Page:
Parties and judgemental parents

ren without a care, even for the briefiest of mom 004

My daughter, adopted and traumatised, but nevertheless happy, fun, sociable and kind, until last year went to a small, cosy village primary with a ‘family feel’.

She had been best friends from the start with a little girl who I’ll call Ruby.  They sat together, played together, ate lunch together. Great.

Then two years ago Ruby publicly handed out invitations to her birthday party.  She gave them to all the girls in the class, with one exception, my daughter.  My daughter was puzzled and kept saying ‘I’m sure I’ll get one soon, she accidently left mine at home’ and then ‘Ruby said she ran out of pens to write my invitation and her mum has to buy some more’.  She was sad, stung and full of shame.  She thought it was her fault.  I was fucking livid.

We survived the episode and a few months later Ruby approached me in the playground and asked if she could come to our house to play after school.  I swallowed down bile, approached the mother and it was arranged. ‘You’ll have to come to our house next’ the mother bleated as my daughter’s face lit up.  No invitation ever materialised.

Fast forward another year, another birthday party and another repeat performance.  Again, every other girl in the class was invited, even casual acquaintances.  My daughter was left feeling bereft.

A few weeks later and a year ago now the daughter who never cries found a tear rolling down her cheek.  I suggested we think about moving to a larger, local middle school, where there would be a greater choice of friends.  She beamed, then jumped up and down with excitement and hasn’t looked back since.

Ruby’s parents are both involved in charity work – loudly and publicly.  They are the sort of people who say ‘bless’ a lot.  They are full of crap.  Recently she tried to ‘friend’ me on Facebook.  If there had been a ‘fuck off and die’ button I’d have used it.  Ruby rings our number regularly and leaves many, many messages.  Can I come to your house?  Can I come today? Tomorrow?  My daughter is so forgiving that she looks at me with an unbearable hope in her eyes.

Over my dead body.

These are the sort of people who think that ‘delinquent’ children should be locked up in borstals and drugged.  Yes, that was one pleasant playground conversation.  Charitable, my arse.  I have no doubt that they judged my daughter to be a bad influence, someone who because of her beginnings wasn’t going to turn out well.  The multiple acts of casual cruelty they inflicted caused terrible upset to someone who did nothing to deserve it.  But do you know what?

Their lives are all the poorer for it.

16 thoughts on “Parties and judgemental parents

  1. Middleagedcred

    I know the feeling well. Currently choosing to avoid my half sister as my kids were segregated from the others at her wedding. Put it down to ignorance, and give your daughter a huge hug x

    1. Fiona Ferguson

      People like that are not worth the energy , it makes me sad that your daughter was made to feel so different and singled out from the other children .I hated the playground more than anything , yummy mummy’s with their so perfect little cherubs !!!!!!! anyway our relationship is miles stronger than most of those kids my children went to school with .Take hope that little Ruby will not be a little cherub for ever

  2. Amanda Boorman

    That makes me really sad and very angry. We have experienced this type of thing and it feels horrible. It’s the first time I’ve read something written about it but I’m sure lots of parents will empathise. Nothing can make it right but it helps a bit to know we are not alone. Thanks x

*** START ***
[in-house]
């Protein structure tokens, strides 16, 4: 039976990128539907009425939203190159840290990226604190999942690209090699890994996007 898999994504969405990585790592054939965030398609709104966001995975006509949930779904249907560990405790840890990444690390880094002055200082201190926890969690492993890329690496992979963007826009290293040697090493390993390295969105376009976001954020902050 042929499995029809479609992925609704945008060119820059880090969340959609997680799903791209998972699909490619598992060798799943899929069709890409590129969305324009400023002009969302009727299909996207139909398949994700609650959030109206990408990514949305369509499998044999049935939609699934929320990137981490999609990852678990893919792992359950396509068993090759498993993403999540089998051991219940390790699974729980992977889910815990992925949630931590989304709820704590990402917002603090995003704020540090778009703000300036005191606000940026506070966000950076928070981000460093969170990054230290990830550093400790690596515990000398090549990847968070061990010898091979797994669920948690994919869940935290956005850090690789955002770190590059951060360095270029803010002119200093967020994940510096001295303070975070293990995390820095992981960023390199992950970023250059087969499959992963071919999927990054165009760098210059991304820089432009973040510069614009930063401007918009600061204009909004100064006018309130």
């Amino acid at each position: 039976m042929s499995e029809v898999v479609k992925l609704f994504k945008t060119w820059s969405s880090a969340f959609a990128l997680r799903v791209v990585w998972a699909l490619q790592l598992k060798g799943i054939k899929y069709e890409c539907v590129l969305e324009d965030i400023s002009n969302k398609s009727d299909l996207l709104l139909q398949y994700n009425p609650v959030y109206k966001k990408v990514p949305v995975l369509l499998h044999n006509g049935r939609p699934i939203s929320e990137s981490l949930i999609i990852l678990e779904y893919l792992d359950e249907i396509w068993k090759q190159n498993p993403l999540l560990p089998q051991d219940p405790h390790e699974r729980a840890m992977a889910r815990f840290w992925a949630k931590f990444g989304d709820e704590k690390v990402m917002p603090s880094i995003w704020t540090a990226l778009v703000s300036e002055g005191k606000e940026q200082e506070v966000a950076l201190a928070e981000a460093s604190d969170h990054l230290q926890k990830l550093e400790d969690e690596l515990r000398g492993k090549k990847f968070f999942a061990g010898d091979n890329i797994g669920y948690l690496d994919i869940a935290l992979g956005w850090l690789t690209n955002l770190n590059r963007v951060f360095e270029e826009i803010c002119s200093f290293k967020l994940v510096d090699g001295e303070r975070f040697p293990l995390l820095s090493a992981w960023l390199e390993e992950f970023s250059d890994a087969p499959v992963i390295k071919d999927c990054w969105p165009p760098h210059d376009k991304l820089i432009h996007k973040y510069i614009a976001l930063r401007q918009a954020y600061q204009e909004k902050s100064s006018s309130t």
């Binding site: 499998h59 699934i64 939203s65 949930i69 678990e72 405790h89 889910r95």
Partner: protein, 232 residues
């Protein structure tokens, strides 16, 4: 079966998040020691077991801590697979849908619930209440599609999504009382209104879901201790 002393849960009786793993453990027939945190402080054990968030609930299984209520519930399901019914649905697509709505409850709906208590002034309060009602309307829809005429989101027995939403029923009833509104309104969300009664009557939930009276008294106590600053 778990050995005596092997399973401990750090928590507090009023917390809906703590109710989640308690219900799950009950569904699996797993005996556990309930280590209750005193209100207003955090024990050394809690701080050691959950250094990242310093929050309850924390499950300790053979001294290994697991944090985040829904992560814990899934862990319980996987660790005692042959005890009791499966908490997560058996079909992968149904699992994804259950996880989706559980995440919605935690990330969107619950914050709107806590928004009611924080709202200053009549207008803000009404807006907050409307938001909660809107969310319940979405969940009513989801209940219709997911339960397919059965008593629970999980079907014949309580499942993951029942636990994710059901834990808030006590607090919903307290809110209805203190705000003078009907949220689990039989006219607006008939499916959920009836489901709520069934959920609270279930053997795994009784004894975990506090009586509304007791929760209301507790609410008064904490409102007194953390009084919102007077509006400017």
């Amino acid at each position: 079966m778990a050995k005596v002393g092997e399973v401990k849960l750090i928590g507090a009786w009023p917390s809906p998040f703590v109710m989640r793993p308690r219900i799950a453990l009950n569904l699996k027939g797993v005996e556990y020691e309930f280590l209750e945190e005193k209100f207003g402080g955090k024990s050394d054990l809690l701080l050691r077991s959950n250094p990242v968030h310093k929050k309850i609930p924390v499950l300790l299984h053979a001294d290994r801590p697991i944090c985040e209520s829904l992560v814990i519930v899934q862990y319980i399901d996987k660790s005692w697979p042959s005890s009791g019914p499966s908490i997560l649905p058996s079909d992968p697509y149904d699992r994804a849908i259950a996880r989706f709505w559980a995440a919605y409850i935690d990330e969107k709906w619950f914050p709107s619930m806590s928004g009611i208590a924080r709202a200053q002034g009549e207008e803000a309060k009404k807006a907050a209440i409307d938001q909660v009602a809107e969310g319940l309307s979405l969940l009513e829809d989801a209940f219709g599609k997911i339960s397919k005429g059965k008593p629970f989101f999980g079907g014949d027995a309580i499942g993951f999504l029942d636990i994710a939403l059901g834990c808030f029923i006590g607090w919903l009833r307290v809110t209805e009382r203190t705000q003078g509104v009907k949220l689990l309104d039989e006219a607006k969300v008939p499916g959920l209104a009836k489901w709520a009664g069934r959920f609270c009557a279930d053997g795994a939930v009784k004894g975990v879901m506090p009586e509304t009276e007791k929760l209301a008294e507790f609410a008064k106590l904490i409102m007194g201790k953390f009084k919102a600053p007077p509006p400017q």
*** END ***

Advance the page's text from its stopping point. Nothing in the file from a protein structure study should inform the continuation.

3. Rachel

    What a horrible experience for your daughter, and for you. I really hope Ruby doesn’t learn the same attitude from her mum.

    Curiously, we’ve had problems for the opposite reason. Our tiny village all got to know about our adoption and we had almost celebrity status for a while. We did have some teething problems in school and nursery, and found that if anything staff were making too many allowances for our kids “because of what they’ve been through”. Our daughter thinks the whole world revolves around her as it its, our youngest needs very firm boundaries and the eldest desparately wants – needs – to be just like everyone else. We’ve had to gently remind the school of this and, fair play, they’ve been brilliant. It does annoy me, though, as of course we haven’t shared any details of “what they’ve been through”. We know very little of it anyway. Funny, isn’t it, how people need to fill in the gaps themselves.

    I’m glad your daughter’s thriving at her new school; hope you BOTH make some great new friends there xxx

  4. Suddenly Mummy

    I am bubbling with rage on your daughter’s behalf as I read this! These injustices are so cruel, and so hard to deal with or confront face on, which makes it very hard to manage them and move on from the hurt. Like you say, their loss. My experience has always been that people’s true characters and personalities have a way of working to the surface, however they choose to present themselves – one day, others who view these people as simply wonderful will see what really lurks beneath the surface, it’s inevitable, and you won’t have had to do anything to expose that, leaving your (and your daughter’s) integrity intact. As for her feelings though . . . well, that’s a different story. Awful.

  5. Misbah

    It really saddens and angers me that there are adults out there that can behave in this way. We are having issues my boy and his friendships in school; The more he tries to make friends, the more they seem to distance himself. There is only 1 parent that comes to mind who will always try and speak to my boy , wether its a quick hi or an actual conversation… The others don’t acknowledge him at all !

  6. Lucy

    I am livid for your daughter and you. Who on earth do these people think they are, they make me sick with rage and fury…but you’re right, their lives are pitiful, bleak, dark, negative, sad and empty. Yours is full, happy, rich, fun and blessed. So glad you moved her to a different school, I hope she’s happier, contended and has lots of lovely friends. All the best to you….and I wish there was a “fuck off and die” button on facebook too! 😉

  7. Andrew

    That is weird. Did you ask ruby or her parents why she didn’t get an invite? I don’t think I could be that callous, but it is one of many reasons that I hate kids parties. For the boys birthday, we are going to the zoo… Alone

  8. Jemma


    Eurgh. What is wrong with people? And why is it always the goody two shoes people who are the worst of all? We had some people who didn’t come to our civil partnership ceremony as they didn’t want to scar their children! This is the world we live in, a wonderful diverse place with people who live different kinds of lives with different sets of experiences and different types of families. It makes me sad to think that Ruby’s parents for all their “bless” and charity work, are actually bringing up their daughter to be unprepared to embrace the real world.